#54My company had an injury (in a facility in a different country no less) that resulted in lost time. The guy was hammering on an adjustable wrench because the nut was too tight... instead of on banning stupidity, they decide to ban adjustable wrenches in every facility. All fine and dandy except we don't have wrenches at our machines because everyone just uses an adjustable wrench. About three weeks into buying thousands of wrenches they decided adjustable wrenches were safe again and stopped buying us regular wrenches.
#55Worked for a marketing firm that often locked you out of the building if you weren’t back in your cubicle by the second your break was up. They revoked your break the next day as punishment. This is not legal here in New York State. They got into a lot of trouble.
#56My company went to a smoke-free campus. All ashtrays were removed and the smoking area was closed. You can only smoke off the property or in your car with the windows up. They don’t enforce the windows up a rule so now when anyone comes on site they a dozen people standing at the road smoking and then you have to walk through the parking lot and secondhand smoke to get into the building. Oh, and there are cigarette butts everywhere.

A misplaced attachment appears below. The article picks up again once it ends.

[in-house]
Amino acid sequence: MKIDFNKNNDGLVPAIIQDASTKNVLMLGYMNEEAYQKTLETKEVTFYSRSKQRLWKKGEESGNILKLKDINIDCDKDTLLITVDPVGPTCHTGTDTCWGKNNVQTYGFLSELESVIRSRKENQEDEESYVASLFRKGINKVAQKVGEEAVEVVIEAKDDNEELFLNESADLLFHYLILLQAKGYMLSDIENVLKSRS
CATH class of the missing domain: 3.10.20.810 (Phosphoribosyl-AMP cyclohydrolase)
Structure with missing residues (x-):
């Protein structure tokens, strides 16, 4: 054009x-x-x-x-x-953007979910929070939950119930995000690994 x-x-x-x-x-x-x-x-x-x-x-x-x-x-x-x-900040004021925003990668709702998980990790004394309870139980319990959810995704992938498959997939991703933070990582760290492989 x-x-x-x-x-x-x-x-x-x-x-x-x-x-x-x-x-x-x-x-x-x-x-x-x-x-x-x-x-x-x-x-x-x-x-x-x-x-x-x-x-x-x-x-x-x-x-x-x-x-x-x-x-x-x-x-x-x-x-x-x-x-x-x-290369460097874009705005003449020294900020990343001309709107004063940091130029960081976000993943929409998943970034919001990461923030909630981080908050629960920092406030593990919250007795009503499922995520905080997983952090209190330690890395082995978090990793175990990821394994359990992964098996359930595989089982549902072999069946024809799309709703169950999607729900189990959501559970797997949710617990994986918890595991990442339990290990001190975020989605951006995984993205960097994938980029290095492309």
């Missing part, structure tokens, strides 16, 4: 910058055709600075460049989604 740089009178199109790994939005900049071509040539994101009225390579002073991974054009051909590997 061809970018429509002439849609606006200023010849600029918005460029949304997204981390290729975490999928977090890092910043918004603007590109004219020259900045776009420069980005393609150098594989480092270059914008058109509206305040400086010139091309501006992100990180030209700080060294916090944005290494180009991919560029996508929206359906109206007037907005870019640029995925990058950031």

#57Not exactly a rule, but just last week my job thought it was a good idea to take away our electric cart pusher machine bc they felt that we didn't need it. The very next day, the place was absolutely packed and we couldn't get carts in fast enough.
#58My agency just implemented this yesterday. We had recycling wastebaskets at each desk for paper and a regular one for trash. My floor has about 75 people on it (on floor 25 of a 32-floor building), floors below us have about 170 people. So they removed the individual baskets from each desk, and now if I want to dispose of a sheet of paper, I have to walk to the lunchroom area or the copy room. This will be a huge waste of time, as people are just going to throw the paper out in the trash. This is their way of being "aggressive" in terms of recycling. I don't see how this makes things easier, or more conducive to recycling. People are going to just put more paper in the trash.
#59I guess laws count as rules, so here are a few good ones from the UK:
The Poll Tax in the UK in the early 90's. It had massive opposition and riots on the streets and was culled in favour of the Council tax. In operation for a very short time.
The Window Tax in the UK where the amount of tax you paid was dependent on how many windows your house had. As a result, people just bricked up their windows. In operation for ~150 years.